The house was oddly quiet with everyone being gone. And of course by everyone I meant Cedric. He was really the only one who was at his house other than me so that wasn’t the best word headquarters had ever issued us. Regardless we’ll let it pass for now.
Carrying on the report, after I changed back into my scout uniform I had taken a walk down the hall and out to the back deck. Cactus was there. Cedric had decided to keep it for reasons unknown. Sometimes I didn’t understand his logic. I mean, I had worked this all out for him. For those of you who skipped out on my last report, don’t worry. I won’t tell. Previously, I had a dual to the death with Cactus. Neither of us had died, oddly enough. I had sustained moderate injuries from my foe, but I had knocked Cactus out of its planter. I declared myself to be the winner although Cedric had not been particularly appreciative, typical Human.
Any other day I wouldn’t have cared. Cactus had started the war between our species by not telling me its alliance. I had no reason to speak with it. But you know what? I had nothing to do and no one to talk to, so better Cactus than a rock. Rocks aren’t alive you see. They’re just a big hunk of well, rock. I suppose rocks are made of rock otherwise why would they be called rocks?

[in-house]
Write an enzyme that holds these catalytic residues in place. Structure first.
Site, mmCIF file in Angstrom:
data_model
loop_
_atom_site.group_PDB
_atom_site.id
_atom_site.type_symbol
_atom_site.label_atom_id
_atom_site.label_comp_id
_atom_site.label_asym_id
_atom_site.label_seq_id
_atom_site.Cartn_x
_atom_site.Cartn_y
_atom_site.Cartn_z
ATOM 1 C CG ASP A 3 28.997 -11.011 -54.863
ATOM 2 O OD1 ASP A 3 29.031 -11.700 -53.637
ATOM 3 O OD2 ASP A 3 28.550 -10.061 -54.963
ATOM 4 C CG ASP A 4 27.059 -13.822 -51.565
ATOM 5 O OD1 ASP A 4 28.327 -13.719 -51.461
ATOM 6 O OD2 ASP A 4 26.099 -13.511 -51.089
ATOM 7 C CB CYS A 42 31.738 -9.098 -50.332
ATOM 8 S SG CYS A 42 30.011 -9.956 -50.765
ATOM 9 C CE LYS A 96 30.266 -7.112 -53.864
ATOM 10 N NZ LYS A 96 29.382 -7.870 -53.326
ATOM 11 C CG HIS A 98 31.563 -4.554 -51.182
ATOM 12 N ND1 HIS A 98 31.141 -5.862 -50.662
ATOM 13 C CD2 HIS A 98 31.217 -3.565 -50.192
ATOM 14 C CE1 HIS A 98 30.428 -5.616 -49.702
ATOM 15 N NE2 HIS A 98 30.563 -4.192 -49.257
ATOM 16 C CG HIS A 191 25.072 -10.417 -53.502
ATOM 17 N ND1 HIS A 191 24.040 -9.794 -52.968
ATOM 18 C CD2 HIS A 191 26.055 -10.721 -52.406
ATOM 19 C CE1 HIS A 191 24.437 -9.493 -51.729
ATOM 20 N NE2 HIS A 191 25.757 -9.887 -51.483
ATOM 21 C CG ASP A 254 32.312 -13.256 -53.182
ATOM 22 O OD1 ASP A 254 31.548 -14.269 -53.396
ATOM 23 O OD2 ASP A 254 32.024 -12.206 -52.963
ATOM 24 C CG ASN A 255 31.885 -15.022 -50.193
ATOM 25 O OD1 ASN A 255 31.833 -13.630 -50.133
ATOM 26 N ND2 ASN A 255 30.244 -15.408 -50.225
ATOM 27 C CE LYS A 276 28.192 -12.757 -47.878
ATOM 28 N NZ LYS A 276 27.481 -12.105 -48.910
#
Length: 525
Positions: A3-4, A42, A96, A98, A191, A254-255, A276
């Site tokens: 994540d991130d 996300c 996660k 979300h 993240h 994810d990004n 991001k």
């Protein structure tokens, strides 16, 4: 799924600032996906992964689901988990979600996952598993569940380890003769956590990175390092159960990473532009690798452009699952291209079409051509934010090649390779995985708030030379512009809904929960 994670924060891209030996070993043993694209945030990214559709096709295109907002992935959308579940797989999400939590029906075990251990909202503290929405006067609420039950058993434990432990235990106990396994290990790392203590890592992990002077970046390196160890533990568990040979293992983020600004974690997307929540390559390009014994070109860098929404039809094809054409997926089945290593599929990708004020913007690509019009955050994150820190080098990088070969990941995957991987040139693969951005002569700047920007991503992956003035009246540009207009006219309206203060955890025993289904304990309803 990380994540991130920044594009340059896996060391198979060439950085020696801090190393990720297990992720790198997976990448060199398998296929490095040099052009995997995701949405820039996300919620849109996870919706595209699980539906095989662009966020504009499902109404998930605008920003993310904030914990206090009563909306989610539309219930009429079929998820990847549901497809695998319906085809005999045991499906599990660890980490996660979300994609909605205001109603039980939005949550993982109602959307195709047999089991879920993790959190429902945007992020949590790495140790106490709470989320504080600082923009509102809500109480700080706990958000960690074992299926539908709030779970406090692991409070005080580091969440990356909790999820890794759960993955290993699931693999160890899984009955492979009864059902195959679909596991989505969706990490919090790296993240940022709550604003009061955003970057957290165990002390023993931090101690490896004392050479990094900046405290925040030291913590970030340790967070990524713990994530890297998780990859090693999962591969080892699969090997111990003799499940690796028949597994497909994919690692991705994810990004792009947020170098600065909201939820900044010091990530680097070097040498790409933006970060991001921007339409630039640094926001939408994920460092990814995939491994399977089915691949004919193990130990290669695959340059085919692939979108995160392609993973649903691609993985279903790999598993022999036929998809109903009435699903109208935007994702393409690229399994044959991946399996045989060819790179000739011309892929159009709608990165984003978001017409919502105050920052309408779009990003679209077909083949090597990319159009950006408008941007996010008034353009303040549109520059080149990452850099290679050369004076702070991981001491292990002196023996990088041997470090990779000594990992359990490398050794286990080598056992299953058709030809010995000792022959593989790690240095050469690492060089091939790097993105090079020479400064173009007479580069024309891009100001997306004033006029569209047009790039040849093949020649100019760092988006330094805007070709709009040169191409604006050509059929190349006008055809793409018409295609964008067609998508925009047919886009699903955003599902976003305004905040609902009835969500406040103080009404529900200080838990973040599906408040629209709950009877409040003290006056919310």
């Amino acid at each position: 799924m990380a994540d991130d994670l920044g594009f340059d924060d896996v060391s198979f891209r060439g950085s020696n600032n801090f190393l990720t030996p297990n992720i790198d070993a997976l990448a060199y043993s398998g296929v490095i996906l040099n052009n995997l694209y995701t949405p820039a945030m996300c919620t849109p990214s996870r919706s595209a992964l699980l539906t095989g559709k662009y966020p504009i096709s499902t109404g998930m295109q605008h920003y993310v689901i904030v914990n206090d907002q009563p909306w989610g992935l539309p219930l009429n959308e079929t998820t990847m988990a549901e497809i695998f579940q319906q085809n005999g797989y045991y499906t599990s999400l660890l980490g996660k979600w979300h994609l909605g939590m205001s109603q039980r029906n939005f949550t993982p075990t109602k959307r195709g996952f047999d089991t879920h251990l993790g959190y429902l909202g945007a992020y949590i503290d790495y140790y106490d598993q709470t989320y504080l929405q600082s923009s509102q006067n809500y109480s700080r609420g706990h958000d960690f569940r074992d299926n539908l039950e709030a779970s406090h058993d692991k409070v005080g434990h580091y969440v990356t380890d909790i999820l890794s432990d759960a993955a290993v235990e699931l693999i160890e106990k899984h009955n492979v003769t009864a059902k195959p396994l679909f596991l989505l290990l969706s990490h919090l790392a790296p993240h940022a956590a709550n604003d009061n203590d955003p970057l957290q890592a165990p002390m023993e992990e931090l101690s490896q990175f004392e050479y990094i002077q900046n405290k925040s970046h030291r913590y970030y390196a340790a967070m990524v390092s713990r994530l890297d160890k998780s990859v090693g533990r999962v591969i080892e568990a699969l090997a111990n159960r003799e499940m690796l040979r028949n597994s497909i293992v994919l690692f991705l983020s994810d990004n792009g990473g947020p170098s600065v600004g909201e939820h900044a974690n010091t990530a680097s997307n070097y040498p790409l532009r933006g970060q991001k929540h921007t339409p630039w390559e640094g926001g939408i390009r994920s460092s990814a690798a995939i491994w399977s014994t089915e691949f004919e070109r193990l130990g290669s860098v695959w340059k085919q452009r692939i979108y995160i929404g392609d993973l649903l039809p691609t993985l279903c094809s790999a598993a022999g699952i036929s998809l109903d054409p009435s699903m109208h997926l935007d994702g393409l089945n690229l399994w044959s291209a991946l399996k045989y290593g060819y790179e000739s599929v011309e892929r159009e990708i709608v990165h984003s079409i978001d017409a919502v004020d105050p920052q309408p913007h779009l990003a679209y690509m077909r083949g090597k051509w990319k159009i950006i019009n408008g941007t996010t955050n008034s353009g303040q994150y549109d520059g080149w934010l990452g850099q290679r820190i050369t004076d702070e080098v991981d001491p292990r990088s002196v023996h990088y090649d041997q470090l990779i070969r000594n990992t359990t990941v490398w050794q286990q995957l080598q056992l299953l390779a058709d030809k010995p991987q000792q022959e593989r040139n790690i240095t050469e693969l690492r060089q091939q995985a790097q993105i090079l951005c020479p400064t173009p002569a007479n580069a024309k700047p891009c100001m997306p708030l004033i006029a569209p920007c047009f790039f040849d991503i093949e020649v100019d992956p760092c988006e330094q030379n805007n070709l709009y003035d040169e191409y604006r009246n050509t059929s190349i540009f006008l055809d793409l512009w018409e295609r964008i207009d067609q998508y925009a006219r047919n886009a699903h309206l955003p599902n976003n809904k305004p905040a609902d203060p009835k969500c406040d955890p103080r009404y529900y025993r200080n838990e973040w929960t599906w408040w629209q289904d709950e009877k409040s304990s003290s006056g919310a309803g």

Regardless to what the rock was or wasn’t made of, I plopped down beside Cactus and tried to follow its gaze into the backyard. That was a little harder than it may sound because Cactus didn’t have any eyes. It also didn’t really have a front or back or side. It just looked the same all around.
Using my superior intellect I had decided Cactus was in fact looking into the yard though because that was more interesting to look at.
“Nice day, isn’t it?”
Cactus didn’t reply.
“You’re pretty hard to read, and quiet. Are ya from the stealth division?”
A slight breeze rustled my fur. Cactus still didn’t reply.
“I think we could be good friends you know.”
I had a strong suspicion that Cactus knew exactly how I felt and wanted the same exact thing. I let my paw rest upon its planter. It was good to be amongst friends again. We had set our differences and previous disagreements aside. We had overcome a species barrier.